What Happens When You Apply To Booth

Chicago's Booth School of Business

Like many business schools right now, the University of Chicago’s Booth School of Business is in the midst of the heavy season for making admit decisions on its second round candidates. In two days, on Feb. 16th, Booth will begin notifying second round applicants and will wrap up all its second round decisions by March 16th.

Evaluating the quality of an applicant pool is more art than science, more of a subjective process by people than an impartial algorithm. The numbers in the game look like this: last year, 4,299 people applied to the Booth School of Business (the peak year for apps was 2001 when Chicago received about 4,800 applications). Slightly less than half–just under 2,100 made it past the first screen—two readers of their applications—to get an invite for an admissions interview. About 44% of those interviewed candidates were eventually admitted to Chicago, accounting for just under 950 people. Some 61% of those applicants then chose to come to Booth and be part of the 575 or so students in the entering class in the fall of 2010.

This year (2011), with the first two rounds done and only one remaining, applications are running about even with last year’s total. But there is one very positive difference: Applicants accepted in Booth’s first round, which had a deadline of Oct. 13th, have until Feb. 25 to tell the school they plan to enroll in the fall and send a deposit against their tuition. “We are running way ahead in terms of deposits,” says Stacey Kole, deputy dean of the full-time MBA program. “We are up over 40% on where we were last year. And we’ve had the largest number of attendees ever for our Admit Weekend program which kicked off on Friday.”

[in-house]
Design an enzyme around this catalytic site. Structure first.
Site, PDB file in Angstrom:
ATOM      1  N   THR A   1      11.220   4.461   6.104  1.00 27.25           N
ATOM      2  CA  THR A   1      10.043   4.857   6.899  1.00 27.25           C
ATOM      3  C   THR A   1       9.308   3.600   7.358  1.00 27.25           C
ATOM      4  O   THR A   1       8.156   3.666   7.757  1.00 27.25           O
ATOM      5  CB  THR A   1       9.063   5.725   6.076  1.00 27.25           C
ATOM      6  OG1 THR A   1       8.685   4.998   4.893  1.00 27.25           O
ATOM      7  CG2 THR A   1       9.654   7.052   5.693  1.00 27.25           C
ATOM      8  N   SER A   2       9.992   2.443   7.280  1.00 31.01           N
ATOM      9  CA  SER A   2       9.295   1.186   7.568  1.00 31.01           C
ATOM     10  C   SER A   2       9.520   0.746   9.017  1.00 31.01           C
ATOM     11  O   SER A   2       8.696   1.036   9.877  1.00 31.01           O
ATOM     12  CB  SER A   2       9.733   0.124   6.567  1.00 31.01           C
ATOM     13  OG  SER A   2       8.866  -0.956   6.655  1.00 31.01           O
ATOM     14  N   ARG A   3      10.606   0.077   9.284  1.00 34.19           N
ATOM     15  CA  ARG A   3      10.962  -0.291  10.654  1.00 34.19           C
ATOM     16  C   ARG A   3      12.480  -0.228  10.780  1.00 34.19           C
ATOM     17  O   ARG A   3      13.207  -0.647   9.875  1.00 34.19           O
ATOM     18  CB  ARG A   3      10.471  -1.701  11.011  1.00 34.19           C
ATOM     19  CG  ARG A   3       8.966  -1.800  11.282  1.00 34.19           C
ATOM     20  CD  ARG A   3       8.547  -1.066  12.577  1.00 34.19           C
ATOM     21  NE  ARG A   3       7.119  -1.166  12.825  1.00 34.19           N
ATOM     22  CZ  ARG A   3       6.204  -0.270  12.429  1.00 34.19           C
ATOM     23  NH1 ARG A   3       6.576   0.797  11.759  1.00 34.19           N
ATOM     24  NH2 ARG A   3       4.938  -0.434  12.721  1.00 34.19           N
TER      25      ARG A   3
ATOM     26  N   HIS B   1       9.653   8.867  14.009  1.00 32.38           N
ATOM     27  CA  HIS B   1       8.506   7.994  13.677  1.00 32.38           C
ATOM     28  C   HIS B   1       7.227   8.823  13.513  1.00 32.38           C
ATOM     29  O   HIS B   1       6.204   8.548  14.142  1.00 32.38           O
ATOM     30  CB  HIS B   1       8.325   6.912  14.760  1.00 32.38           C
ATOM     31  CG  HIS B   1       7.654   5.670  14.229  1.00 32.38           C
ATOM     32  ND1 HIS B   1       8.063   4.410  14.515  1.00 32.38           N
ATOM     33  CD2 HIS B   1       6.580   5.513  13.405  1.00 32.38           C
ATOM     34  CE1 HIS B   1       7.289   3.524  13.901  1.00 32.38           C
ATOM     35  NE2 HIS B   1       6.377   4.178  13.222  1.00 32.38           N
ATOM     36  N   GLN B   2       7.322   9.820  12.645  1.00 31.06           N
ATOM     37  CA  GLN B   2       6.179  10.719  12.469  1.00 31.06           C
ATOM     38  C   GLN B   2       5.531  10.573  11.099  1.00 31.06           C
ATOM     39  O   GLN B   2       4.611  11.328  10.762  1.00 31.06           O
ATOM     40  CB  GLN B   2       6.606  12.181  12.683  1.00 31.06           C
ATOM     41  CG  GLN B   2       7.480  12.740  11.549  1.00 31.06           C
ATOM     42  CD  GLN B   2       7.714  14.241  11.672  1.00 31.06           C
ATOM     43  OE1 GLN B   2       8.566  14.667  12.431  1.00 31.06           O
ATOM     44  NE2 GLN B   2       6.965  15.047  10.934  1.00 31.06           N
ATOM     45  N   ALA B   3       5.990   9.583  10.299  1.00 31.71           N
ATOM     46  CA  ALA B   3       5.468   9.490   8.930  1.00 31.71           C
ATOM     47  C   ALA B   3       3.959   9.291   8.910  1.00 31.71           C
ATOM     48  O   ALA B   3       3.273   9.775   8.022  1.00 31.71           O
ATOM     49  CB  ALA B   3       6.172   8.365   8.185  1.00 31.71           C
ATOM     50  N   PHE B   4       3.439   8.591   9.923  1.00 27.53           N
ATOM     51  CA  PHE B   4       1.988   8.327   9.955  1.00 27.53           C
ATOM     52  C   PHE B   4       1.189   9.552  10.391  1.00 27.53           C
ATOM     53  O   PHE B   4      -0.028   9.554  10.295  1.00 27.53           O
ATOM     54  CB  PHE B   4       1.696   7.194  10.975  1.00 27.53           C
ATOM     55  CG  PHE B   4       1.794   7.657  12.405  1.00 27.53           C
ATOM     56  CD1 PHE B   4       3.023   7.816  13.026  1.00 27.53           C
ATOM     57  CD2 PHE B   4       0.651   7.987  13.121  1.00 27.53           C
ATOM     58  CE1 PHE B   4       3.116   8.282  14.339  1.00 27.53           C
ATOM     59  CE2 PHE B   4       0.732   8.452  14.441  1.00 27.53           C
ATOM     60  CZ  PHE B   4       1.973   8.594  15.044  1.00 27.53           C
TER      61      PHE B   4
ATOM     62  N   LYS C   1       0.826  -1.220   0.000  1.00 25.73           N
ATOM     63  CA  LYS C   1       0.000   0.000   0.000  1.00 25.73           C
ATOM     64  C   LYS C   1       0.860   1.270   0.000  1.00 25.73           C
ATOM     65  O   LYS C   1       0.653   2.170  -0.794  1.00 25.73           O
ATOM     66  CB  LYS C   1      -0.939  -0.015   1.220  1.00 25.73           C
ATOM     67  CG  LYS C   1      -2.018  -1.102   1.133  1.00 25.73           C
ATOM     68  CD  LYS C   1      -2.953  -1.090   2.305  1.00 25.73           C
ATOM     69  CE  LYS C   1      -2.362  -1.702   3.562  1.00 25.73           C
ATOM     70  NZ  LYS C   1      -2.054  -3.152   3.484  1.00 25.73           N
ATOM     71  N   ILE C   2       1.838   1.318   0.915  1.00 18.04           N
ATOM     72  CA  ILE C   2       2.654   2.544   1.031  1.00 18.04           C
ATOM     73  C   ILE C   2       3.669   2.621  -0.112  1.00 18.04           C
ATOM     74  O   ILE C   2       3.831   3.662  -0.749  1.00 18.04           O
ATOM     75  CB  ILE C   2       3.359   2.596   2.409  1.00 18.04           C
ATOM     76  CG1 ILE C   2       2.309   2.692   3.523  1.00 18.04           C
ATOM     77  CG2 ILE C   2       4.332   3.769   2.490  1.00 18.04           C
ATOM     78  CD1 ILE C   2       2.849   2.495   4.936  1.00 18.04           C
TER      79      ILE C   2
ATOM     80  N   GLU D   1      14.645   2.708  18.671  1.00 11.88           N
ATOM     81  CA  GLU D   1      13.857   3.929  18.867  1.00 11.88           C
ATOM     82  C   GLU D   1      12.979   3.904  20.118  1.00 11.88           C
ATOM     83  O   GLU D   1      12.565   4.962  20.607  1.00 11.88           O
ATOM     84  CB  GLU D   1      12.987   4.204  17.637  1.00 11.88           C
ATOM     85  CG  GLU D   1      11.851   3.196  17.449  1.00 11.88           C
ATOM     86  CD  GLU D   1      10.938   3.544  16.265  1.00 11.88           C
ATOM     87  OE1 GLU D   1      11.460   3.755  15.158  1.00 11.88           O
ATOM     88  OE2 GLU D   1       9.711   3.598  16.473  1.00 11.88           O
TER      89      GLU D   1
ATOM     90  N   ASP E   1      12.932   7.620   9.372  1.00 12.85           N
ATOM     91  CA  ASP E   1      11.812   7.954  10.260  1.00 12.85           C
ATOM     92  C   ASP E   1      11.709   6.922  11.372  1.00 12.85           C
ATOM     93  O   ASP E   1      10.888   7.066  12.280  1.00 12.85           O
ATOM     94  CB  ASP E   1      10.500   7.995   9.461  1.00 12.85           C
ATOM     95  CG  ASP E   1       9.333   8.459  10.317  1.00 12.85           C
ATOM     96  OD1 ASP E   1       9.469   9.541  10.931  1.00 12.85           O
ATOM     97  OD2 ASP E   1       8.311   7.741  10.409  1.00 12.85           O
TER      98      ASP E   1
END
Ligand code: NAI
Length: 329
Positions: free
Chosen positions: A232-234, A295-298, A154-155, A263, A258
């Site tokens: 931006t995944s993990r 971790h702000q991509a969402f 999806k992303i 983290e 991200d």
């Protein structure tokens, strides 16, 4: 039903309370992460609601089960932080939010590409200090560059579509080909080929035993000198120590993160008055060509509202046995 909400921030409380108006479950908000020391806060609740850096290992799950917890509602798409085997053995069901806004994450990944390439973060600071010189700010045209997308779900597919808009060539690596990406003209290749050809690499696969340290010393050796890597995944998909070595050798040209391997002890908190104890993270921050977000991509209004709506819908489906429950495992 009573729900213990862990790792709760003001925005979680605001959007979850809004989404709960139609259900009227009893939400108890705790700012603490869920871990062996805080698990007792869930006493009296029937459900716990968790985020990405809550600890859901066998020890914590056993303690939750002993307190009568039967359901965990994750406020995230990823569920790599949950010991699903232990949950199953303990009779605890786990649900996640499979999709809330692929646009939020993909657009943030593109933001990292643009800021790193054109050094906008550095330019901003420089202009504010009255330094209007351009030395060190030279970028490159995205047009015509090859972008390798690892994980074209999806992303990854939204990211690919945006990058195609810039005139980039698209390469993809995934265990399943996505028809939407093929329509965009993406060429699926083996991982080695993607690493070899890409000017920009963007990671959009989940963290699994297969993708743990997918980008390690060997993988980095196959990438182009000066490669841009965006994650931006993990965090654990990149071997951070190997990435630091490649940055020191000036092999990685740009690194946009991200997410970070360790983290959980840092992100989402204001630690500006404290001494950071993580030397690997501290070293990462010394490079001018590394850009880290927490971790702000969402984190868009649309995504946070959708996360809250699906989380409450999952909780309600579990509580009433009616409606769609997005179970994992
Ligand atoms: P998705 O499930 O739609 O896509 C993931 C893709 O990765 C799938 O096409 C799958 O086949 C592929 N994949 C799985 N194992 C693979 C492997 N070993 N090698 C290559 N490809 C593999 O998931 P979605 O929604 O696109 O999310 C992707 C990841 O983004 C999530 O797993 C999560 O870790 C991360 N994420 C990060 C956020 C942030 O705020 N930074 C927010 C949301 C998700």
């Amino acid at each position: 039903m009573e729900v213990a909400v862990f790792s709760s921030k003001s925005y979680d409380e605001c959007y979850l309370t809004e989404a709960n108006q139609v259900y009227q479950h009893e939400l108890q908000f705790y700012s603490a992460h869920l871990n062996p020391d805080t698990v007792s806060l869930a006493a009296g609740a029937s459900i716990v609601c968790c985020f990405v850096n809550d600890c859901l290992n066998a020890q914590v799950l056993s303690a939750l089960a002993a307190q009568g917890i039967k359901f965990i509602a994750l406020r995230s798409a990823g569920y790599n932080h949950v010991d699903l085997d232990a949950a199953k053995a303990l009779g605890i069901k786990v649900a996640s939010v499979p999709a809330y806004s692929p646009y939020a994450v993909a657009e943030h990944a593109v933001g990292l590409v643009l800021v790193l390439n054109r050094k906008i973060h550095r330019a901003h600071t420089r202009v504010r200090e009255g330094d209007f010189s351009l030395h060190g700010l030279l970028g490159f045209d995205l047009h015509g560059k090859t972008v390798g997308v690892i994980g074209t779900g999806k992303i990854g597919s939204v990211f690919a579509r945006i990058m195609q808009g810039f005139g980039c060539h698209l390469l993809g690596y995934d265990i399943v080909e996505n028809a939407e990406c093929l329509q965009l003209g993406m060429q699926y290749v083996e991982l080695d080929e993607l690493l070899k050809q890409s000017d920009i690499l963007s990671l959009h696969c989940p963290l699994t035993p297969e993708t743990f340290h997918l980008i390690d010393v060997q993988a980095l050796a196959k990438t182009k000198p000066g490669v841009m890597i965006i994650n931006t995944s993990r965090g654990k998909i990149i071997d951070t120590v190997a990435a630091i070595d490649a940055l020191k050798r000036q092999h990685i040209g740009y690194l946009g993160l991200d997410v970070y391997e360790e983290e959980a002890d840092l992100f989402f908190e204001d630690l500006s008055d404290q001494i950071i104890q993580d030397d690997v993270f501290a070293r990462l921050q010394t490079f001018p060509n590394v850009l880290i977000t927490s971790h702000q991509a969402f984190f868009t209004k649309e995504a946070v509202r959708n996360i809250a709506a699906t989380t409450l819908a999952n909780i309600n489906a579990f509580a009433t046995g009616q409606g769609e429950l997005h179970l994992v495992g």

Right now, the admissions office is in the midst of an applications flood. Typically, 30% of the applicants make the first round deadline. Some 60% of the applications flow into the second round, while the remaining 10% will make the third round cutoff, which is April 13th this year.  The vast majority of those applications—more than 80%–usually arrive within the last 24 hours of any deadline. Chicago insists that no applicant has either an advantage or disadvantage in any round, though it stands to reason that first round applicants are applying when every seat in the incoming class is still open.

So what exactly happens when you apply to Booth? Once you push the button on your online application, it pops up in a computer queue of MBA admissions on the first floor of the Charles M. Harper Center (the first suite of offices to the left at the main entrance to the building). Inevitably, an admissions clerk will open the file, record it, and then print it out in paper form.


At Chicago, every single application that comes in is read and reviewed. “That is different from other schools,” maintains Kole. “At some schools, there are cutoffs. An application can be put aside if the GMAT score is too low. We don’t do that.”

  • PDS

    It means that the scale is same. Booth conducts a blind interview, so the interviewer would not have seen any thing other than the resume.

  • Robert